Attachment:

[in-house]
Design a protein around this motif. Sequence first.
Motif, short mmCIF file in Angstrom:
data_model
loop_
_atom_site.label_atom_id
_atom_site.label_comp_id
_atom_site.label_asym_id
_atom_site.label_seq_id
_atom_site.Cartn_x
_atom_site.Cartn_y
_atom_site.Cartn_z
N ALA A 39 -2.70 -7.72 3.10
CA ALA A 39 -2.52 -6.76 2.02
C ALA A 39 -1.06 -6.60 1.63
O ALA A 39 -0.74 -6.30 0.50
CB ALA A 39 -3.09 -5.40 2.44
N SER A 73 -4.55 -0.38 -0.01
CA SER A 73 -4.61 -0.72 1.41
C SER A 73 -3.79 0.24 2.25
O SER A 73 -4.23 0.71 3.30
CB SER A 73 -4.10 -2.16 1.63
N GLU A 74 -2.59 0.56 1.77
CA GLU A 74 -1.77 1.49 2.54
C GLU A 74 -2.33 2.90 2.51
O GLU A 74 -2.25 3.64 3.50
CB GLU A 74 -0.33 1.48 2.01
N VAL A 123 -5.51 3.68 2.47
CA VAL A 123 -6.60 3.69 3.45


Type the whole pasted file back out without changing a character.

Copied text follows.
[in-house]
Design a protein around this motif. Sequence first.
Motif, short mmCIF file in Angstrom:
data_model
loop_
_atom_site.label_atom_id
_atom_site.label_comp_id
_atom_site.label_asym_id
_atom_site.label_seq_id
_atom_site.Cartn_x
_atom_site.Cartn_y
_atom_site.Cartn_z
N ALA A 39 -2.70 -7.72 3.10
CA ALA A 39 -2.52 -6.76 2.02
C ALA A 39 -1.06 -6.60 1.63
O ALA A 39 -0.74 -6.30 0.50
CB ALA A 39 -3.09 -5.40 2.44
N SER A 73 -4.55 -0.38 -0.01
CA SER A 73 -4.61 -0.72 1.41
C SER A 73 -3.79 0.24 2.25
O SER A 73 -4.23 0.71 3.30
CB SER A 73 -4.10 -2.16 1.63
N GLU A 74 -2.59 0.56 1.77
CA GLU A 74 -1.77 1.49 2.54
C GLU A 74 -2.33 2.90 2.51
O GLU A 74 -2.25 3.64 3.50
CB GLU A 74 -0.33 1.48 2.01
N VAL A 123 -5.51 3.68 2.47
CA VAL A 123 -6.60 3.69 3.45